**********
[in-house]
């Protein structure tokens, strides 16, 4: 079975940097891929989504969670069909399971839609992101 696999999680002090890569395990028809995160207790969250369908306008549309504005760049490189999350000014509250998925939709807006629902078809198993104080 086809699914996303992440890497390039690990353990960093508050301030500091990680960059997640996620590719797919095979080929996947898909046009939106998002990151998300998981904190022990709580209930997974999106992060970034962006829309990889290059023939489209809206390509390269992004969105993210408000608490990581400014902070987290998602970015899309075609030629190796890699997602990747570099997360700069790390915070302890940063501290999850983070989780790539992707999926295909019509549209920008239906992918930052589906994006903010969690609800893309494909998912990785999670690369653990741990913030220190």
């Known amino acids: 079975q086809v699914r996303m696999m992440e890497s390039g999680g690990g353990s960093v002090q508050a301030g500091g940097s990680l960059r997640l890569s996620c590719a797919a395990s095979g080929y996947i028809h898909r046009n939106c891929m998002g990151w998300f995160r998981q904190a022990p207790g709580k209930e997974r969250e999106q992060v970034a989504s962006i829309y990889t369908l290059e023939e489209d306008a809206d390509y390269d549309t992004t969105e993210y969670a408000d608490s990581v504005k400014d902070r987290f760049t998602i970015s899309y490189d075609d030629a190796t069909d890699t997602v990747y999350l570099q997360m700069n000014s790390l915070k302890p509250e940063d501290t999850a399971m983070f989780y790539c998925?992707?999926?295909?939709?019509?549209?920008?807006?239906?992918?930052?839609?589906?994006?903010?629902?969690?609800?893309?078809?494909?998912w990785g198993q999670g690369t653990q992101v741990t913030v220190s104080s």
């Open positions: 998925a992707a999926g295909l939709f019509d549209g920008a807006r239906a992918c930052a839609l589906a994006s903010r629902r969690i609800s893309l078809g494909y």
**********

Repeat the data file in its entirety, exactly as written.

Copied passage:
[in-house]
């Protein structure tokens, strides 16, 4: 079975940097891929989504969670069909399971839609992101 696999999680002090890569395990028809995160207790969250369908306008549309504005760049490189999350000014509250998925939709807006629902078809198993104080 086809699914996303992440890497390039690990353990960093508050301030500091990680960059997640996620590719797919095979080929996947898909046009939106998002990151998300998981904190022990709580209930997974999106992060970034962006829309990889290059023939489209809206390509390269992004969105993210408000608490990581400014902070987290998602970015899309075609030629190796890699997602990747570099997360700069790390915070302890940063501290999850983070989780790539992707999926295909019509549209920008239906992918930052589906994006903010969690609800893309494909998912990785999670690369653990741990913030220190």
């Known amino acids: 079975q086809v699914r996303m696999m992440e890497s390039g999680g690990g353990s960093v002090q508050a301030g500091g940097s990680l960059r997640l890569s996620c590719a797919a395990s095979g080929y996947i028809h898909r046009n939106c891929m998002g990151w998300f995160r998981q904190a022990p207790g709580k209930e997974r969250e999106q992060v970034a989504s962006i829309y990889t369908l290059e023939e489209d306008a809206d390509y390269d549309t992004t969105e993210y969670a408000d608490s990581v504005k400014d902070r987290f760049t998602i970015s899309y490189d075609d030629a190796t069909d890699t997602v990747y999350l570099q997360m700069n000014s790390l915070k302890p509250e940063d501290t999850a399971m983070f989780y790539c998925?992707?999926?295909?939709?019509?549209?920008?807006?239906?992918?930052?839609?589906?994006?903010?629902?969690?609800?893309?078809?494909?998912w990785g198993q999670g690369t653990q992101v741990t913030v220190s104080s």
């Open positions: 998925a992707a999926g295909l939709f019509d549209g920008a807006r239906a992918c930052a839609l589906a994006s903010r629902r969690i609800s893309l078809g494909y």